A nice traditional black mechanical pencil
   Being attentive to the myriad of items placed around us gives a deeper realization of what makes us who we are. So much so that we become blind to the tools largely responsible for orchestrating the very identify from which we are looking out. Humanity has long questioned the limit of where our souls end and foreign entities begin, and it is from this that we could very well call into question the value of a pencil, and it’s ability to extend our existence. A long trusted idiom claims “The pencil is mightier than the sword,” but to what extent is this really true? Grasping a breath of life through the cleave of a sword is in some ways equal to the swipe of a pen authenticating a death sentence, as each holds the capability to extinguish a life. It is from this that we can conclude human interaction as being the driving force behind utilities, and it could also be said that all things responsive to this interaction are also a substantial part of who we are. Our actions illustrate our identity.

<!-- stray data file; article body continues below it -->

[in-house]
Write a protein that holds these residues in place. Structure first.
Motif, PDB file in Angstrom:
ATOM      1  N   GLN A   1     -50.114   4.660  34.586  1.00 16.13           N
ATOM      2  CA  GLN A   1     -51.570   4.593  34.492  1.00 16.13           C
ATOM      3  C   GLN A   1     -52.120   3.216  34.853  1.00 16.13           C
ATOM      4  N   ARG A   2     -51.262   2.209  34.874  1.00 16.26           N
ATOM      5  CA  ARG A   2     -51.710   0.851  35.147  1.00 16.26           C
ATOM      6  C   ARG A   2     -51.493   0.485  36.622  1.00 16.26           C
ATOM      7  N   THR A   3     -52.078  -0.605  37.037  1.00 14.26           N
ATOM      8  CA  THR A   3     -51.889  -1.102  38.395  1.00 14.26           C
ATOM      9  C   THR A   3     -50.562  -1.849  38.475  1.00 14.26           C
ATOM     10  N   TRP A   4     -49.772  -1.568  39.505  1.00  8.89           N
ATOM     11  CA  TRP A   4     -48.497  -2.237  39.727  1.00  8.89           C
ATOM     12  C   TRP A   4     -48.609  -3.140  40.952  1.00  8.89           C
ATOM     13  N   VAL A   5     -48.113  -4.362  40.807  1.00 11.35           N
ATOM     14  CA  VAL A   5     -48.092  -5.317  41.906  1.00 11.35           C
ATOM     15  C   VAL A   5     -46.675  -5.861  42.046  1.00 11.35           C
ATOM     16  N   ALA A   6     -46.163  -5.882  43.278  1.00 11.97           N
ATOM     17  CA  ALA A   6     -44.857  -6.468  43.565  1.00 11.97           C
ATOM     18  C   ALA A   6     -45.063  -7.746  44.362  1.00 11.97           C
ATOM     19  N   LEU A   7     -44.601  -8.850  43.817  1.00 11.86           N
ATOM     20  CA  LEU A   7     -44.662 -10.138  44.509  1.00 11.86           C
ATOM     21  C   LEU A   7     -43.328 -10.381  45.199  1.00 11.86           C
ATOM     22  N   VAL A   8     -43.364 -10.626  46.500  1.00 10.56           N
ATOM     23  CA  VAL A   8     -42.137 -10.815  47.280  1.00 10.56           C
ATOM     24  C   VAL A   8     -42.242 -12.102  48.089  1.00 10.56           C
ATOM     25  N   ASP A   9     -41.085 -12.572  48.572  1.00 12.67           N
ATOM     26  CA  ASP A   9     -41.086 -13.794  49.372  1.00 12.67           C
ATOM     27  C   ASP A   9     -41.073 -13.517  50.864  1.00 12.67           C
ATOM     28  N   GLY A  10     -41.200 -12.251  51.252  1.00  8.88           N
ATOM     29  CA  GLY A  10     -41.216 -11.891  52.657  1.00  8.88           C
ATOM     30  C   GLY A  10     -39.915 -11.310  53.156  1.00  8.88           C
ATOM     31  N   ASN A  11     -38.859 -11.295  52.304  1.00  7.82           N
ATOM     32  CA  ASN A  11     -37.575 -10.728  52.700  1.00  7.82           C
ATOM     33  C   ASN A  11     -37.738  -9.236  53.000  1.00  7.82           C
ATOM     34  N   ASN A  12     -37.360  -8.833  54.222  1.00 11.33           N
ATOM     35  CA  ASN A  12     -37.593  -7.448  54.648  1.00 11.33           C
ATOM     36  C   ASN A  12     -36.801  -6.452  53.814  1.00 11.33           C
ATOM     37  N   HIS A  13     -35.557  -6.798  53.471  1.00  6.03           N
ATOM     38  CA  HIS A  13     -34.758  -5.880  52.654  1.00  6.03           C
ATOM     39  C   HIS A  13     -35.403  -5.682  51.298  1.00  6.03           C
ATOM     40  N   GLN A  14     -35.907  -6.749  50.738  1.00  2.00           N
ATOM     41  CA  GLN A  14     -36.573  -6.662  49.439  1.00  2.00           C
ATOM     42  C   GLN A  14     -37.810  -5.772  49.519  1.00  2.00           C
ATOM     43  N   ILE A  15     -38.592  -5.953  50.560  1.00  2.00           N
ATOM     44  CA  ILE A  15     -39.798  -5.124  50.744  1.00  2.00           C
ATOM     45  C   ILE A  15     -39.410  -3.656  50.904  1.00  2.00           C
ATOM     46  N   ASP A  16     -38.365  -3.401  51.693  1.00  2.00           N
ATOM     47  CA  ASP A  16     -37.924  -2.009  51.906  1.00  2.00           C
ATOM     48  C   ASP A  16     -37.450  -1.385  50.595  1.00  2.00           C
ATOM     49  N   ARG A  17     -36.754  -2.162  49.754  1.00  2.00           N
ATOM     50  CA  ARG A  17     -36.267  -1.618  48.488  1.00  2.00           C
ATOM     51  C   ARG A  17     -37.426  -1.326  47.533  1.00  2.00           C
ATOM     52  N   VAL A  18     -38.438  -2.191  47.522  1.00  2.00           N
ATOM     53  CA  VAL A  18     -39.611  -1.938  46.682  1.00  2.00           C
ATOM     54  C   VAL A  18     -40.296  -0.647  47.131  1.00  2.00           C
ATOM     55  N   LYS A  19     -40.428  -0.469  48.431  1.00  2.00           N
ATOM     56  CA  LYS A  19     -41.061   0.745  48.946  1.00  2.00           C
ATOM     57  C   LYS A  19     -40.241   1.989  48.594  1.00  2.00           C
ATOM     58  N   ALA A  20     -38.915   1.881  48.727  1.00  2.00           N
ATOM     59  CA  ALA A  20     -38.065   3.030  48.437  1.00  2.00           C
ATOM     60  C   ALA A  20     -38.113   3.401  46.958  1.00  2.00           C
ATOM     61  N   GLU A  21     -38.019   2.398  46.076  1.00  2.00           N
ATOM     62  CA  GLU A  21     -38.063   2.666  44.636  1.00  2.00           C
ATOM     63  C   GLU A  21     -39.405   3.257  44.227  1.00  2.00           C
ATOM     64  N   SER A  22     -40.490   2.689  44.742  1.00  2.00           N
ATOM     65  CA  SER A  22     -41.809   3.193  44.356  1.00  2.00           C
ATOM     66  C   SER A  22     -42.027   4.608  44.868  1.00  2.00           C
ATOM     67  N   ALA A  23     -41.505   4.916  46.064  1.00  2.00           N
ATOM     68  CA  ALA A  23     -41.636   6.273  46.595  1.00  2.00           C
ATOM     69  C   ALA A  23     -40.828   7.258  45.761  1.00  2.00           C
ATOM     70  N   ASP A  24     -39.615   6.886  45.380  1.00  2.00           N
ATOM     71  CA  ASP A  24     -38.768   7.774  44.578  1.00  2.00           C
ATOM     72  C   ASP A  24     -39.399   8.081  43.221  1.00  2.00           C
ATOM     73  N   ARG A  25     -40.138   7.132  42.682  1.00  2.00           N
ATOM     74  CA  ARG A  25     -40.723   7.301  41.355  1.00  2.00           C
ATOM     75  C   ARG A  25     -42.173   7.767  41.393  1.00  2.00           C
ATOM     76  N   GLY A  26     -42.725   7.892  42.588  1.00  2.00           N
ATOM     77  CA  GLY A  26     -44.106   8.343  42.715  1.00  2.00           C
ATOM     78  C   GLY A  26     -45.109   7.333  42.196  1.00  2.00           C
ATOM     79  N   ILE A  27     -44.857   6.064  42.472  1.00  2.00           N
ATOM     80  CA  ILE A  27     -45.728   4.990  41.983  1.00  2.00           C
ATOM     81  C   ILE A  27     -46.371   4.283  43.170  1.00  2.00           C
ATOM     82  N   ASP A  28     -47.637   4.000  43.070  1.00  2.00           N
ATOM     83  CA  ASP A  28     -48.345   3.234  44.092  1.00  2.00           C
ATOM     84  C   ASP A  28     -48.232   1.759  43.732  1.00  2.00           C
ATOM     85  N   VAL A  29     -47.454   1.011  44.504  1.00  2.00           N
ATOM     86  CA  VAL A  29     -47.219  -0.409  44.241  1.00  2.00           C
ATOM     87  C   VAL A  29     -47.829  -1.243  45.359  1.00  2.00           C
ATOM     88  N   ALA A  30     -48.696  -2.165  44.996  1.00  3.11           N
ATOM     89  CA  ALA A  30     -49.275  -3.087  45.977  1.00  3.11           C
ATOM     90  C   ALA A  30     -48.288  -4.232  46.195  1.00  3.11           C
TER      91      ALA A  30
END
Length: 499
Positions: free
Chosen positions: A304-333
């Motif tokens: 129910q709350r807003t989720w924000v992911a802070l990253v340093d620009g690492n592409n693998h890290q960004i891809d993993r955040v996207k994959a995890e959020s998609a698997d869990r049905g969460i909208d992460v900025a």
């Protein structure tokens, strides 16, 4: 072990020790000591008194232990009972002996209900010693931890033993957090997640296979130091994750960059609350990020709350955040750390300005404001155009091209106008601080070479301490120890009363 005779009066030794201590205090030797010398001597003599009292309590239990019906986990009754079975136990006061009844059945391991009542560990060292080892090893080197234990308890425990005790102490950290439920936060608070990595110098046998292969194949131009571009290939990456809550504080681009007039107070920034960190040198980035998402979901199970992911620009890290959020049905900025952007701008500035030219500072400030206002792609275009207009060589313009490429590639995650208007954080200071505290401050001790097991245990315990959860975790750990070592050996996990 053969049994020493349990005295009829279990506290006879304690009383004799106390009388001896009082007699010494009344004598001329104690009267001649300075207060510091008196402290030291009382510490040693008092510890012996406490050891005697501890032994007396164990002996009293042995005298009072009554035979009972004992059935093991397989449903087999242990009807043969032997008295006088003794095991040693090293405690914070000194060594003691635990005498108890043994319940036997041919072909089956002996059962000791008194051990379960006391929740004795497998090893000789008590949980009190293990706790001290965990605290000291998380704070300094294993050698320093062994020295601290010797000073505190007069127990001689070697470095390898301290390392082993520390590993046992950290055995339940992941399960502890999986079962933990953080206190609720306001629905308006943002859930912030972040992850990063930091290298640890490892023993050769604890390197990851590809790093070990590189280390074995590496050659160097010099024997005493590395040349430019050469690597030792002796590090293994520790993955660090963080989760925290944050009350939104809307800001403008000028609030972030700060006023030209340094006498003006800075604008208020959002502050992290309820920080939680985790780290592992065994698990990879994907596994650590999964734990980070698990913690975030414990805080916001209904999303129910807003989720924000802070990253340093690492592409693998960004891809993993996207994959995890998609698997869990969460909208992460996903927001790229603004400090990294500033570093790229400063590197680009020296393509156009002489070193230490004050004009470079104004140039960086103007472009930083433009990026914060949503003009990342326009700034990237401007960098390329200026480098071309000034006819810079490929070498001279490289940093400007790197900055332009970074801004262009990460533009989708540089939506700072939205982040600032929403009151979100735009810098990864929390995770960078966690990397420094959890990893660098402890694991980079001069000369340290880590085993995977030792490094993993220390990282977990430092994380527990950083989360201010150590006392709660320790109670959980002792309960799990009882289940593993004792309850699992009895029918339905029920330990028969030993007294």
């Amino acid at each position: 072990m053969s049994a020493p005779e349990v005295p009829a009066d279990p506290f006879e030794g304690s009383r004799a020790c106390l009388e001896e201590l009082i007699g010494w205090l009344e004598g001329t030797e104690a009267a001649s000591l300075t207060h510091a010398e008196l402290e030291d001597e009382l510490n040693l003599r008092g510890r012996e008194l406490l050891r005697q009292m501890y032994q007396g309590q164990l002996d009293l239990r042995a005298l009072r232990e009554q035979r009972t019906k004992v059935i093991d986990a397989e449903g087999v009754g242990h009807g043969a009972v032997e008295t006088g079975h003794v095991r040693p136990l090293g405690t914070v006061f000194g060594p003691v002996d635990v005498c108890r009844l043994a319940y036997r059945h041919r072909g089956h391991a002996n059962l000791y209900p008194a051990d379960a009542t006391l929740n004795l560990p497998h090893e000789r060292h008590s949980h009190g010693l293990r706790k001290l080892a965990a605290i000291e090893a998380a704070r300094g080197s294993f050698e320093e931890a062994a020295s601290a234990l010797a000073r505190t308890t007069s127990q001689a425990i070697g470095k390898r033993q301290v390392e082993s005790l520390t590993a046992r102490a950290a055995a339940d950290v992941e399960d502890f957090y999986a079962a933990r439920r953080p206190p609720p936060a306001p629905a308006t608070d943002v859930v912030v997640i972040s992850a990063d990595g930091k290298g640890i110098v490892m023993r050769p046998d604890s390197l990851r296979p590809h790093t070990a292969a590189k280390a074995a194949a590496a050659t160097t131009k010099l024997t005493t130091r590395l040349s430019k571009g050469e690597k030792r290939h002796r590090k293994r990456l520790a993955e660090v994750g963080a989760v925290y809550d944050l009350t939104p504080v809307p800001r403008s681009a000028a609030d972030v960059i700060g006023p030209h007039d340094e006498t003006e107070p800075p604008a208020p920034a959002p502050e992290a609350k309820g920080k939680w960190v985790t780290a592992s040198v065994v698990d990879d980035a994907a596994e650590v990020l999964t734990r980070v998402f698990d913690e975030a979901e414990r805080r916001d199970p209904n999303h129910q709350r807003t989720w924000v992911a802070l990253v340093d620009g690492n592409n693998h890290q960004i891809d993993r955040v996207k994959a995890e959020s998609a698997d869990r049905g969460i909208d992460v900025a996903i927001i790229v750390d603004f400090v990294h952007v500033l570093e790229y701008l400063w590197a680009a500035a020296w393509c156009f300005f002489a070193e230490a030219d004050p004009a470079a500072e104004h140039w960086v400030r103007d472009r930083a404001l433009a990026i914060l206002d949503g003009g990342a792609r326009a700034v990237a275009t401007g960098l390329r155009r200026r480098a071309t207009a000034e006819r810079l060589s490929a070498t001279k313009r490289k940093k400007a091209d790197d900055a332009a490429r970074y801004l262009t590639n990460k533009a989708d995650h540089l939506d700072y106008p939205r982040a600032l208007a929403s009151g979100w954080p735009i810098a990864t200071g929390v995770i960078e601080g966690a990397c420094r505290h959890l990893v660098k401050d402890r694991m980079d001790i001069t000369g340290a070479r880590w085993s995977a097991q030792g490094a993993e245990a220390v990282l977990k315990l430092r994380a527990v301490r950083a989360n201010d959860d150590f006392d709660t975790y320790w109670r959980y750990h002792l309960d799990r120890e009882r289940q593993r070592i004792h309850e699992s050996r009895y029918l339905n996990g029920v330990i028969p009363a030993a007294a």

An incredible blue mechanical pencil
   The perception of a pencil’s capability is different in each individual’s eyes. Some view the ultimate danger that a pencil could bring, while others may believe in the greatness that awaits to be transmitted by its use. Whatever shades we may see, it is irrelevant until someone fatefully picks up the pencil and begins to use it. I have realized in my personal use of the pencil that its contents can span beyond the power of only words. I have used 3 pencils over the last 5 years, and the creations each pencil has been responsible for delve deep into my mind, perhaps deeper than I have ever known. Regardless of existence, a bond has been established with these pencils. In a world that is ever changing, holding on to a relic of a consistent past that has aged alongside you is a beautiful relationship. There are very few things I can say share this bond with me, and their sheer lack of quantity make me cherish them even more.